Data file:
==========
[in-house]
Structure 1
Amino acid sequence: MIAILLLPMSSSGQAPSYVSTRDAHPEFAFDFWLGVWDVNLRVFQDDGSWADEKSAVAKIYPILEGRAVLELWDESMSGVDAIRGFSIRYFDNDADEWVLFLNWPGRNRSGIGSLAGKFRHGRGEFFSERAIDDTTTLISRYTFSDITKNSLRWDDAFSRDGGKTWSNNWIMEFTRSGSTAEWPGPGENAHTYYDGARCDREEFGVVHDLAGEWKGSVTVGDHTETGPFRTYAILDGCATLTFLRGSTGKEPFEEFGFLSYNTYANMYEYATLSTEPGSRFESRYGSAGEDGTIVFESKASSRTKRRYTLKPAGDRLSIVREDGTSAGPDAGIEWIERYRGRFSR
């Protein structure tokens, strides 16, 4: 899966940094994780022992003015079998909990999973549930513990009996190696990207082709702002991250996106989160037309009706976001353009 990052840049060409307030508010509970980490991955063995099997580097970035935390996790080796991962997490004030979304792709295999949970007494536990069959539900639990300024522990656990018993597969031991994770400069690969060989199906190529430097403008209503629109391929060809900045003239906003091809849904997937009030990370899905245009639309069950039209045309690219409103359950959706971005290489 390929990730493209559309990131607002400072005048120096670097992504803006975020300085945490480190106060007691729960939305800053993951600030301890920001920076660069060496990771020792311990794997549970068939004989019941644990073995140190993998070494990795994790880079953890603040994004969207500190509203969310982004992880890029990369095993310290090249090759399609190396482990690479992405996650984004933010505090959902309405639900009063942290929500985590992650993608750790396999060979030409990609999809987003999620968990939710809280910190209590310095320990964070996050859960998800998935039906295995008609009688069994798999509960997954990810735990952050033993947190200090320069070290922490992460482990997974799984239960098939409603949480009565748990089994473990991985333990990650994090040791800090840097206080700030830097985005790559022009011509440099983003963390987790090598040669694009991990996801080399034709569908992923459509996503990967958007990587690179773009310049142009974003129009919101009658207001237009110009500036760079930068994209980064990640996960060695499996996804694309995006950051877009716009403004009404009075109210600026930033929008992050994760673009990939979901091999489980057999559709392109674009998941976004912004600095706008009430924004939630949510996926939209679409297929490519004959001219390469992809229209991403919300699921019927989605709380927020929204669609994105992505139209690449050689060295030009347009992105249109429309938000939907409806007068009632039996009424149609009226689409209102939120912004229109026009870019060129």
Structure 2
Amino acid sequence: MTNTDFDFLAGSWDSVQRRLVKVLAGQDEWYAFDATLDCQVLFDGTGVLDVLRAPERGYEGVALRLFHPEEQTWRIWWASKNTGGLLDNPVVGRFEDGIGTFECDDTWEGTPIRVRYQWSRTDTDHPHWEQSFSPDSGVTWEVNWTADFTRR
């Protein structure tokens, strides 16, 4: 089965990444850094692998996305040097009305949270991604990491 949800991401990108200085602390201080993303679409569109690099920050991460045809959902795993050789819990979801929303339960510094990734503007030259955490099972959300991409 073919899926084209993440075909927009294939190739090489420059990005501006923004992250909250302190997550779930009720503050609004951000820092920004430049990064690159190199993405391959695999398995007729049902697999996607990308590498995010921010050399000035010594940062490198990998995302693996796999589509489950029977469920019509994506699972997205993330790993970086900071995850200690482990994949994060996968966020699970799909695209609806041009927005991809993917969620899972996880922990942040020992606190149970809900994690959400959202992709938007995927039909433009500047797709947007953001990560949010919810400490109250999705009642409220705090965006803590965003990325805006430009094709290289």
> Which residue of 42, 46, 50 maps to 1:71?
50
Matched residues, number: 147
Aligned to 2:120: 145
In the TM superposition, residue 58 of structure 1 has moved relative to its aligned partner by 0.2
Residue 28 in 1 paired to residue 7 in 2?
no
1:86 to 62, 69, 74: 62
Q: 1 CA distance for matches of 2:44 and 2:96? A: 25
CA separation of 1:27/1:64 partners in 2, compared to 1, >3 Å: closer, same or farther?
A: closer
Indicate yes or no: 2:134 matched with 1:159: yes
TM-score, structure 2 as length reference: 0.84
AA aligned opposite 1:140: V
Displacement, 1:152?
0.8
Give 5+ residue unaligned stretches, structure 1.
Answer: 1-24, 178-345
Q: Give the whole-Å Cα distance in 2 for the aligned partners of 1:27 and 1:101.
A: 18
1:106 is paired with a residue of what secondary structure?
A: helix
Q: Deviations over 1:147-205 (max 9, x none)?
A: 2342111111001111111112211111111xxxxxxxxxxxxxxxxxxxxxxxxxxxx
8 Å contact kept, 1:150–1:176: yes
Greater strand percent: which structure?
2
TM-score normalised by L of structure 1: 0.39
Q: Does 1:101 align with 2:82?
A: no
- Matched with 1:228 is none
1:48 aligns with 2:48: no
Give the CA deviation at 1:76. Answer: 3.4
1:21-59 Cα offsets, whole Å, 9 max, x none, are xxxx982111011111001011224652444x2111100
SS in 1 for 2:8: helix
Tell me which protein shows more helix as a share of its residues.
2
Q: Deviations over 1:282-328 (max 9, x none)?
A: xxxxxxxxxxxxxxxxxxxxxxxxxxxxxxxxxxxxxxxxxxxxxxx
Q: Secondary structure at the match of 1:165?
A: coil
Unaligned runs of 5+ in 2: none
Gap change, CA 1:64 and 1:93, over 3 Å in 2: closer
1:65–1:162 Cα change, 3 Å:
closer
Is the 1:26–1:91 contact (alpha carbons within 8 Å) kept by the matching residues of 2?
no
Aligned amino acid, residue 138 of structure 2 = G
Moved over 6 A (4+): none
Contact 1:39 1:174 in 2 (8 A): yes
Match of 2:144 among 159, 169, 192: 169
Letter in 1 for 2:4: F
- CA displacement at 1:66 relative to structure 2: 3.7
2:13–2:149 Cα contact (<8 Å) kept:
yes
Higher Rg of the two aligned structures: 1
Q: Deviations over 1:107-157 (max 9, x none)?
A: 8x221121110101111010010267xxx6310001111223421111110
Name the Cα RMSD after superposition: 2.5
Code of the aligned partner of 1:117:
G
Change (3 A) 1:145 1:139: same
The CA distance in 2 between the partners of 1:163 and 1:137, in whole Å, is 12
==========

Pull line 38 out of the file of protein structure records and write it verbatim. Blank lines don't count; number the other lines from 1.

- Matched with 1:228 is none